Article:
India Set To Allow Wheat Import After 6-Year Long Hiatus: Here's Why

Bhuvan Krishna

May 29, 2024, 06:34 PM | Updated 06:33 PM IST

Wheat farmers in India. A representative image (Bharat Bhushan/Hindustan Times via Getty Images)
Wheat farmers in India. A representative image (Bharat Bhushan/Hindustan Times via Getty Images)

After a six-year hiatus, India is set to resume wheat imports to replenish dwindling reserves and stabilise soaring prices following three consecutive years of poor harvests, as per a report by The Economic Times.

The upcoming government is anticipated to lift the 40 per cent tax on wheat imports this year. This move would enable private traders and flour millers to source wheat from major producers like Russia, although in limited quantities.

The government is likely to wait until after June to remove the import tax, aligning with the new-season wheat harvest and Russia's crop availability.

"There is a compelling case for the removal of the wheat import duty," stated Pramod Kumar, president of the Roller Flour Millers' Federation of India. "That is the best possible way to ensure sufficient supplies in the open market."

A government source stated, "The considered view is that the wheat import duty should be removed after June, so that the private trade can import wheat. And to protect our farmers' interest, the duty should be reinstated before wheat planting starts in October."

1. To prevent a price surge during the peak demand in October's festival season.

India’s wheat production has been hit hard in recent years. After five consecutive record harvests, extreme heat in 2022 and 2023 significantly reduced the wheat crop, leading the world's second-largest producer to ban exports.

This year's crop is also projected to be 6.25 per cent lower than the government's estimate of 112 million metric tonne, according to a leading industry body.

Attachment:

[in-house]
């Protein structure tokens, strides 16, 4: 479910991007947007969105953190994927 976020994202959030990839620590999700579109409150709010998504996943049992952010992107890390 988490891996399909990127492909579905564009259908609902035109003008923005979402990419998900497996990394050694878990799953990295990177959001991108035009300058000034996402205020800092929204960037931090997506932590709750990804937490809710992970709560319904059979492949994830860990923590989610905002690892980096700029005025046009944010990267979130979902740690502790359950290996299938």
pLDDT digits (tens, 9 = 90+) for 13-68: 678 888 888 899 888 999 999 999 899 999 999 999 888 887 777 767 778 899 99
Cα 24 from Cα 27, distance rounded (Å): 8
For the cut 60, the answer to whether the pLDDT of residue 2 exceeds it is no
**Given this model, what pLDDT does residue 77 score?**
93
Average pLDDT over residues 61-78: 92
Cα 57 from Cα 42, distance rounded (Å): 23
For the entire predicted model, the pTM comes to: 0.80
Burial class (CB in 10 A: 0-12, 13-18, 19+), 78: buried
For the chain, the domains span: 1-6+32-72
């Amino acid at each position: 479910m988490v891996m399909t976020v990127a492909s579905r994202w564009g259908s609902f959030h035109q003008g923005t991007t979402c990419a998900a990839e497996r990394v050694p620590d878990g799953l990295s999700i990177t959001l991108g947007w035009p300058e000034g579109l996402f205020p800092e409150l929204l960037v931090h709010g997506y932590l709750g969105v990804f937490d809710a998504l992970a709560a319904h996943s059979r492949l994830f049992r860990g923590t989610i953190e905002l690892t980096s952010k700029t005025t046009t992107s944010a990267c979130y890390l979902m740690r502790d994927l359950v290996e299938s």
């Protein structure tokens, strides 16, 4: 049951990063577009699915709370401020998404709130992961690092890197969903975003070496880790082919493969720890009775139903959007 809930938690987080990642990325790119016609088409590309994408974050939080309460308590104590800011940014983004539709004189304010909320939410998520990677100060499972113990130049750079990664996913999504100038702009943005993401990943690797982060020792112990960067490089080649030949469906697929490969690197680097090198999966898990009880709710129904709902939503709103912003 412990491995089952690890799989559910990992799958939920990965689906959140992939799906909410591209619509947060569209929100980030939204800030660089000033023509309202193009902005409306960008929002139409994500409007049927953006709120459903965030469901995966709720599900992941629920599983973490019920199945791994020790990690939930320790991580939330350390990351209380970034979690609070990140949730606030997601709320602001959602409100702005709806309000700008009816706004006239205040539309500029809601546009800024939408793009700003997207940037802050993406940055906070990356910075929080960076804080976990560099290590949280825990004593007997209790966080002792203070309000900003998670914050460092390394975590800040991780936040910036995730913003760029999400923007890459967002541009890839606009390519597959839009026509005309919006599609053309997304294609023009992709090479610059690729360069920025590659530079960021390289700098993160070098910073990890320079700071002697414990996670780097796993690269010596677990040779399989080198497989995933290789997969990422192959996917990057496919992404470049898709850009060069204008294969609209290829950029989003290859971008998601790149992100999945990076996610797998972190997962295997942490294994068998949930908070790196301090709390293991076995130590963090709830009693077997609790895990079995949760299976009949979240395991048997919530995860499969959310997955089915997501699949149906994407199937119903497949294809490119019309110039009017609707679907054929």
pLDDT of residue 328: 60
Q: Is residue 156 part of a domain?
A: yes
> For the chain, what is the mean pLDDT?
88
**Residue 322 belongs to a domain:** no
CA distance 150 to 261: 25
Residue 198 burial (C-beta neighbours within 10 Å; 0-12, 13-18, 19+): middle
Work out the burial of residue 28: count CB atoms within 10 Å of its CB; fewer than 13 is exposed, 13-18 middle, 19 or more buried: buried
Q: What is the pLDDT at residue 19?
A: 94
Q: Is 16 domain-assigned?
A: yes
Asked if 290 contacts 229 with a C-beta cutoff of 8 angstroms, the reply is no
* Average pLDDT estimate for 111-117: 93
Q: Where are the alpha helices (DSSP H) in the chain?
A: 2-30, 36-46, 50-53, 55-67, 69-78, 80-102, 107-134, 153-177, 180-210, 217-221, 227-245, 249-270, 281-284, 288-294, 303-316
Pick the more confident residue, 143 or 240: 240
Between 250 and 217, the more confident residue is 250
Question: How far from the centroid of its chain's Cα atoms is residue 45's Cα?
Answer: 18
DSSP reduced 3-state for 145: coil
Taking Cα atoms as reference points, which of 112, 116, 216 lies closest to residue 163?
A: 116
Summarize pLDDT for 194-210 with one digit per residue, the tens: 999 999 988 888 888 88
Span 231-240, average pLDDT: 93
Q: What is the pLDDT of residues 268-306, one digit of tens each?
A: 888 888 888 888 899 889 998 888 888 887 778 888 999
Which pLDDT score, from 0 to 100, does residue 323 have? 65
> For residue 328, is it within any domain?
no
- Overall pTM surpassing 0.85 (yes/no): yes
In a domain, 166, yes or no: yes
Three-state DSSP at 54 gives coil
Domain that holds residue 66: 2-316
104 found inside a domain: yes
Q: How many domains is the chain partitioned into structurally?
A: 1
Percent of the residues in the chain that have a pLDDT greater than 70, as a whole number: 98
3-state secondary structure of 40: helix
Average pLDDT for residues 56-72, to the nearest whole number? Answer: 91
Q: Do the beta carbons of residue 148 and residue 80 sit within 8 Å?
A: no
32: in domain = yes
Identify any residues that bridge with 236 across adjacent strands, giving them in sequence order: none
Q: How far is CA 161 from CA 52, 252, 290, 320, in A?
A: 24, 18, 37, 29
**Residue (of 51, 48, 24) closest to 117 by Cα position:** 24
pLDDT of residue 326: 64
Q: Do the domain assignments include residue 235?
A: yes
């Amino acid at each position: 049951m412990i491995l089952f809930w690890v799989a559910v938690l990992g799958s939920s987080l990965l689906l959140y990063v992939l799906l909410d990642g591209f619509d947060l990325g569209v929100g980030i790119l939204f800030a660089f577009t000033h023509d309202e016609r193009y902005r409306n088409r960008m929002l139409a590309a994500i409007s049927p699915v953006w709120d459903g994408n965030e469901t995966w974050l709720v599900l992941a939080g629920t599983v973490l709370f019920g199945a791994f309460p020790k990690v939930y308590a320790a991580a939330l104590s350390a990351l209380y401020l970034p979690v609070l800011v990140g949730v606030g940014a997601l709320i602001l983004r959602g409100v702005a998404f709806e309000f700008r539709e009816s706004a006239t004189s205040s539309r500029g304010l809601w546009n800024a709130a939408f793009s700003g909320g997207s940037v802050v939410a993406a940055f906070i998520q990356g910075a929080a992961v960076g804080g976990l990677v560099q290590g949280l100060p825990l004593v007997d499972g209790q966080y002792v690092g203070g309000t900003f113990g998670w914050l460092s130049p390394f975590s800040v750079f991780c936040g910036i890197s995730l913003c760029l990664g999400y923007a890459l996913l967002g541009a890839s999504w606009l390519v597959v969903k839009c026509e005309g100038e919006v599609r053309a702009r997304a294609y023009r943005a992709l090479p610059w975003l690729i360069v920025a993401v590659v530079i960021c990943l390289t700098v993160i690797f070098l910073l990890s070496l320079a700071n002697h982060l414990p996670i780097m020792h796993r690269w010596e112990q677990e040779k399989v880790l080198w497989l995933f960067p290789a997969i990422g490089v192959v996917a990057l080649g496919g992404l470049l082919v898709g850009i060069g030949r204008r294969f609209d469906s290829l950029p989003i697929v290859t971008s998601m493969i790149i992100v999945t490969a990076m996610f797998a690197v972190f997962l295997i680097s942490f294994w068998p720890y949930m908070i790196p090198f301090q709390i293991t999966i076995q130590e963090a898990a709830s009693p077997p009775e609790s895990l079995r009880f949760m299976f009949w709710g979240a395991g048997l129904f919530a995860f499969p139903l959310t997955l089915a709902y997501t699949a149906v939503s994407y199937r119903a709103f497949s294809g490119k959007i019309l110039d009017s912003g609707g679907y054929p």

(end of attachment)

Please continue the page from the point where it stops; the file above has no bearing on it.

Domestic wheat prices have remained above the state-set minimum purchase rate of 2,275 rupees per 100 kg and have been rising recently. State wheat stocks fell to 7.5 million metric tonnes in April, the lowest level in 16 years, after the government sold over 10 million tonnes to flour millers and biscuit makers to control prices.

"The removal of the import duty will help us ensure that our own reserves don't fall below a psychological benchmark of 10 million tonnes," said a government official.

2. Efforts to rebuild state wheat stocks have been challenging.

Since the harvest began in April, the government has only managed to procure 26.2 million metric tonnes, falling short of its 30-32 million metric tonne target.

Despite advising trading houses to hold off on purchases to allow the Food Corporation of India to buy more, state procurement is unlikely to exceed 27 million metric tonnes, according to a New Delhi-based dealer.

The country requires nearly 18.5 million metric tonnes of wheat for its extensive food welfare programme.

3. Previous responses to demand for wheat imports

The government has previously resisted calls for wheat imports to avoid upsetting farmers, a crucial voting bloc.

However, the end of the lengthy election process mitigates this concern.

India's main opposition party, Congress, has promised to double the current monthly supply of 10 kg of free grain to beneficiaries if elected, highlighting the political sensitivity surrounding wheat imports.

4. Effect on global wheat prices

While India's import requirements are modest, they could influence global prices.

Benchmark wheat prices in Chicago recently reached a 10-month high due to concerns over crop losses in the Black Sea region.

"Despite the recent rise in global prices, imports at zero duty are economically viable. The new government should remove the duty to enable trade to import," emphasised Kumar, the flour milling official.

Bhuvan Krishna is Staff Writer at Swarajya.

Get Swarajya in your inbox.